MIT Debuts 3D Printer for Buildings
Since their inception, 3D printers have been used to recreate everything from household objects to prosthetic limbs. Recently, researchers from the Massachusetts Institute of Technology created a large enough 3D printer to build the basic structure of a building in less than fourteen hours.
MIT researchers named their prototype the Digital Construction Platform. The device is a dome-like structure, standing 12 feet tall and 50 feet wide, with robotic arms for reach and dexterity. Welding systems, spray heads, and other tools can be attached to the smaller arm. Researchers believe the device can be used in developing nations and disaster relief areas to quickly rebuild shelter for those in need.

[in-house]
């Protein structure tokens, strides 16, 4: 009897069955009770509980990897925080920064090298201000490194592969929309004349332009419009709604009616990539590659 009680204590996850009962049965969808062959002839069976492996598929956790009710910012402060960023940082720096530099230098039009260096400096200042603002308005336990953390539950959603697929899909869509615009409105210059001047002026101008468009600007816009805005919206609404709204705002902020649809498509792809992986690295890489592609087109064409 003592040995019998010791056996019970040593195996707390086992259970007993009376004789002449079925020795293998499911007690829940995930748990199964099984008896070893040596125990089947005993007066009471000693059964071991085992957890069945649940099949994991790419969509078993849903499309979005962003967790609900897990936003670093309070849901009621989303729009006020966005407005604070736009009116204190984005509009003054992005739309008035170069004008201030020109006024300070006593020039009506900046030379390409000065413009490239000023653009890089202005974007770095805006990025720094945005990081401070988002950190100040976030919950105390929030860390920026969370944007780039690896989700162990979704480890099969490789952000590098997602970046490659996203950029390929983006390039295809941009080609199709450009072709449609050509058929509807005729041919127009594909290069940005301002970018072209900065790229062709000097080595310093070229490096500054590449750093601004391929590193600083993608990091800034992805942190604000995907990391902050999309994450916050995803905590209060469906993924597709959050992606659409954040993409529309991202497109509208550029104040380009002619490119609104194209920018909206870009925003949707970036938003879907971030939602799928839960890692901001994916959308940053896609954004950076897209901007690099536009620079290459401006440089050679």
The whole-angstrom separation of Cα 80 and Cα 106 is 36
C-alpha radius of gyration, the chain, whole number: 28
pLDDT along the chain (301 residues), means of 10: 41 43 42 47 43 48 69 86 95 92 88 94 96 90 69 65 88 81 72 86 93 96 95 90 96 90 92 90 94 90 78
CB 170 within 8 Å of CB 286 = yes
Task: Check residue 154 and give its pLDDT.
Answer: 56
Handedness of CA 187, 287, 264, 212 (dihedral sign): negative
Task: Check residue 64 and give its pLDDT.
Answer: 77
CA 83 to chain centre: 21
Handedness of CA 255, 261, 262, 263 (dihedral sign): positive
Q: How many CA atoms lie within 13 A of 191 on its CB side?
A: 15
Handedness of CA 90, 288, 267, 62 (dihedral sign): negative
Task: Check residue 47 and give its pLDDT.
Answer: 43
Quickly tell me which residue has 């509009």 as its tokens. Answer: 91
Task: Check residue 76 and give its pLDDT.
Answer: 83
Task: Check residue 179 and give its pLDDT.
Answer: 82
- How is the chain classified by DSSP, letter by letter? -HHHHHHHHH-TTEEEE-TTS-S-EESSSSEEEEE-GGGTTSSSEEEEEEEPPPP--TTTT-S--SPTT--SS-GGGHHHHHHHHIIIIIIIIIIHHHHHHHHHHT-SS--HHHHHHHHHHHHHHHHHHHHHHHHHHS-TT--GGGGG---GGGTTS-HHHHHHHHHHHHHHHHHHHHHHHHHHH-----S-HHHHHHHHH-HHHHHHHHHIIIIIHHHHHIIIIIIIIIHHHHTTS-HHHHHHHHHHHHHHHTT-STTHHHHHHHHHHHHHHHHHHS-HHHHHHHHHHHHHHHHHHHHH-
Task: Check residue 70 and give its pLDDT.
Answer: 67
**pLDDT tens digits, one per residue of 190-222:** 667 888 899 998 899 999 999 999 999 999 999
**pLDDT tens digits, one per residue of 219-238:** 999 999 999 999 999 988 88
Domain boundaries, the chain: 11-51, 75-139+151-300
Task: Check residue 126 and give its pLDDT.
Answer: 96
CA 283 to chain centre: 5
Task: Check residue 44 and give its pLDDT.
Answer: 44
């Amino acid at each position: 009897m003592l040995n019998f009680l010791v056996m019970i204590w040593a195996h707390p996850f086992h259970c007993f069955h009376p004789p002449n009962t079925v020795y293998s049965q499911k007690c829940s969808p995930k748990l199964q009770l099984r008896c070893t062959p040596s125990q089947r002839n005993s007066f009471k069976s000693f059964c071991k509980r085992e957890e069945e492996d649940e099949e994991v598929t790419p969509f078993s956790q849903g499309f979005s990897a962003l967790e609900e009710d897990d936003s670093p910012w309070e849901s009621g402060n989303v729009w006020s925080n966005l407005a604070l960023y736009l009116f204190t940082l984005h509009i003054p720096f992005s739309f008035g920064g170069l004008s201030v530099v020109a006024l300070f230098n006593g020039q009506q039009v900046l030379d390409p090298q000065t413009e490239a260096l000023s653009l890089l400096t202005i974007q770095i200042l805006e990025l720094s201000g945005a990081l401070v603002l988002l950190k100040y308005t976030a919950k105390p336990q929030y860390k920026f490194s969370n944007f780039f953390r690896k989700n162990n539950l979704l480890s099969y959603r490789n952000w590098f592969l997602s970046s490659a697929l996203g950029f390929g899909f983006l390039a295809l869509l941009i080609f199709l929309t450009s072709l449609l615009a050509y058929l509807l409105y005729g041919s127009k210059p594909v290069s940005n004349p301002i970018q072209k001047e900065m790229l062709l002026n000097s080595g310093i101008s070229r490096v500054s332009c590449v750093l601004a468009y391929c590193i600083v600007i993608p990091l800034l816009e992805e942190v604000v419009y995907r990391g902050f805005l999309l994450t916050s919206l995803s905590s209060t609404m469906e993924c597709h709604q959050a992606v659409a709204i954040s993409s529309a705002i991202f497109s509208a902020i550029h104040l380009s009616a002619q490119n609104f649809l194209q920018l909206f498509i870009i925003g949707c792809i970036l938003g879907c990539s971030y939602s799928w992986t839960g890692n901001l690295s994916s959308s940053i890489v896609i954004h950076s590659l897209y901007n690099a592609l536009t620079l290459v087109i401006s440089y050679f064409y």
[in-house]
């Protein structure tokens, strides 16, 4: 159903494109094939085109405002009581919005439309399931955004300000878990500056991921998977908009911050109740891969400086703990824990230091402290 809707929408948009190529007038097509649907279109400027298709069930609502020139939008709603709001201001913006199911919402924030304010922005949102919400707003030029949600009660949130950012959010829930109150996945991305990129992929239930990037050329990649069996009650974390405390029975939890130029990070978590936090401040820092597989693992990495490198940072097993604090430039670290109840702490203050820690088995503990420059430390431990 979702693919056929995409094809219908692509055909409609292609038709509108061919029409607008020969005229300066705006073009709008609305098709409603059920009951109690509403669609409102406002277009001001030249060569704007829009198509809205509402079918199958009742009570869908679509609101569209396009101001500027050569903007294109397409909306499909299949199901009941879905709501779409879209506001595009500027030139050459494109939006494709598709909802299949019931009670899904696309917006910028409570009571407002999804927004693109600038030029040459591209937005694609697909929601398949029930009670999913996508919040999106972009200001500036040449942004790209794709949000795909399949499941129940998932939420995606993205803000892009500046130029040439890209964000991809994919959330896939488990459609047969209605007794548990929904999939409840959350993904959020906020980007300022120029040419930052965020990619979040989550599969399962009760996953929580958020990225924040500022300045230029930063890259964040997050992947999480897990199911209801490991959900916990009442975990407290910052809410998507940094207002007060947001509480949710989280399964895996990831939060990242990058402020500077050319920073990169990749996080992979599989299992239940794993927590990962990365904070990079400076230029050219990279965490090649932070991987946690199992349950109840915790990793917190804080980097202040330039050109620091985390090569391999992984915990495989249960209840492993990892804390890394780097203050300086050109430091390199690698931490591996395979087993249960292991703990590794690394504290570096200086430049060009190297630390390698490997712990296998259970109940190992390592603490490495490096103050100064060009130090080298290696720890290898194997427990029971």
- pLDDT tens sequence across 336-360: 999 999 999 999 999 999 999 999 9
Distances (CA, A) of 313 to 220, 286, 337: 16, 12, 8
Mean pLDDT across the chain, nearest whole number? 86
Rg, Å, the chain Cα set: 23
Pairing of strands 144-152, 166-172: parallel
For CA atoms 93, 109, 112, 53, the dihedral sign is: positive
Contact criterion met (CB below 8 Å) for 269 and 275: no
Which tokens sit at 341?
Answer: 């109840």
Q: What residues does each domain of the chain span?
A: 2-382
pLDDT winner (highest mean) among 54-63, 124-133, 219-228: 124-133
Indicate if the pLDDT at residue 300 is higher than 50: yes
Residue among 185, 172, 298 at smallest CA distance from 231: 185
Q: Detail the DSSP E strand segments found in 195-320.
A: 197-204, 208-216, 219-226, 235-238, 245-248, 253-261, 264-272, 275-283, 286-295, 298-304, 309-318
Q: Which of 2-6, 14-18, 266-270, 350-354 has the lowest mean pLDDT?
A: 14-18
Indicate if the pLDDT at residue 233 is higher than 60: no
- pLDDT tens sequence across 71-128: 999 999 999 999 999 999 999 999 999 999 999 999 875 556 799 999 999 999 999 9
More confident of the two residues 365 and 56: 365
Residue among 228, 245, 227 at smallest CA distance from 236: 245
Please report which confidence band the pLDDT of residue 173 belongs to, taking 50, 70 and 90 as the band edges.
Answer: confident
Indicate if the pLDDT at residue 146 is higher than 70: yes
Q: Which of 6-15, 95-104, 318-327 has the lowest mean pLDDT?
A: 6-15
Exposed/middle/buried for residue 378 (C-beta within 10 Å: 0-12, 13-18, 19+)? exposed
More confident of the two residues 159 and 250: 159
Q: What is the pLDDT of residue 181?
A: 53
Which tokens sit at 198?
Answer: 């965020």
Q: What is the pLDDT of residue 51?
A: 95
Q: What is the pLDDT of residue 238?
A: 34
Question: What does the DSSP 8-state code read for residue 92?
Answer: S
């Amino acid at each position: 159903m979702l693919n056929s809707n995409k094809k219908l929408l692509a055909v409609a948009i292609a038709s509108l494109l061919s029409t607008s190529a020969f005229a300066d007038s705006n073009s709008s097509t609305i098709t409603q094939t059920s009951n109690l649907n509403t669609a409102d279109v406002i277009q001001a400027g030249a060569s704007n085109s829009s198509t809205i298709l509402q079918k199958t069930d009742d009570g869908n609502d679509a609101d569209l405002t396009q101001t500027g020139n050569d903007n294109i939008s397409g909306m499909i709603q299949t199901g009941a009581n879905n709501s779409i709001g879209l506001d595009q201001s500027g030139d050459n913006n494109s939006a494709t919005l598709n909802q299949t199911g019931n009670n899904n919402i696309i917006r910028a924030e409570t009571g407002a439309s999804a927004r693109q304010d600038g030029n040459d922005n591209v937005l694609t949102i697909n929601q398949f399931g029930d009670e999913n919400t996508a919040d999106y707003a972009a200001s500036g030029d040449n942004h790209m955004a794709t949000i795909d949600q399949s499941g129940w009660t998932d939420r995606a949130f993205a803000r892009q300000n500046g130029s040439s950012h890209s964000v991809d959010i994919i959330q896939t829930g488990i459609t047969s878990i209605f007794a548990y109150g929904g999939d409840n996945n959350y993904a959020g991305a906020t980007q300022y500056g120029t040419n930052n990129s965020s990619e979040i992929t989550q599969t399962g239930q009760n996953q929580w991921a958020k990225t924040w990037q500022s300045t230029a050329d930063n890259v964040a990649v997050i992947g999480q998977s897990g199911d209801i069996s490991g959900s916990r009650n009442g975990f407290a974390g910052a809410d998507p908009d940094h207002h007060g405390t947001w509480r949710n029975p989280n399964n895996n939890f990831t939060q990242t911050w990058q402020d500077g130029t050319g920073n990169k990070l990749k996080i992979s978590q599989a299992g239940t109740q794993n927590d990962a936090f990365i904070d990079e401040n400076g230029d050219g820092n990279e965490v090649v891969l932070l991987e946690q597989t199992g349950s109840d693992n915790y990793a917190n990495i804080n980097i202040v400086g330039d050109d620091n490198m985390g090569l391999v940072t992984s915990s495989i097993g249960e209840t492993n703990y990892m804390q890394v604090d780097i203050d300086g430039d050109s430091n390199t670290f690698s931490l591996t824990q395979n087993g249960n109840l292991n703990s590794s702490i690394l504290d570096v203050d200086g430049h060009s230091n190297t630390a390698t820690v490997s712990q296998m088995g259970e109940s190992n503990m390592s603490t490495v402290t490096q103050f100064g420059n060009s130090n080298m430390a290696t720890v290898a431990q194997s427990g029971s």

Ideally, this technology could enable faster, more affordable building construction. Steven Keating, MIT researcher, stated, “with this process, we can replace one of the key parts of making a building, right now. It could be integrated into a building site tomorrow.”
Despite the researchers’ excitement, the long-term vision for this system will take as five to ten years to implement. The 3D printing industry has grown exponentially in recent years as scientists improve 3D printing capabilities. This 3D printing construction technology could be incredibly valuable and sustainable for fast-paced reconstruction efforts around the world.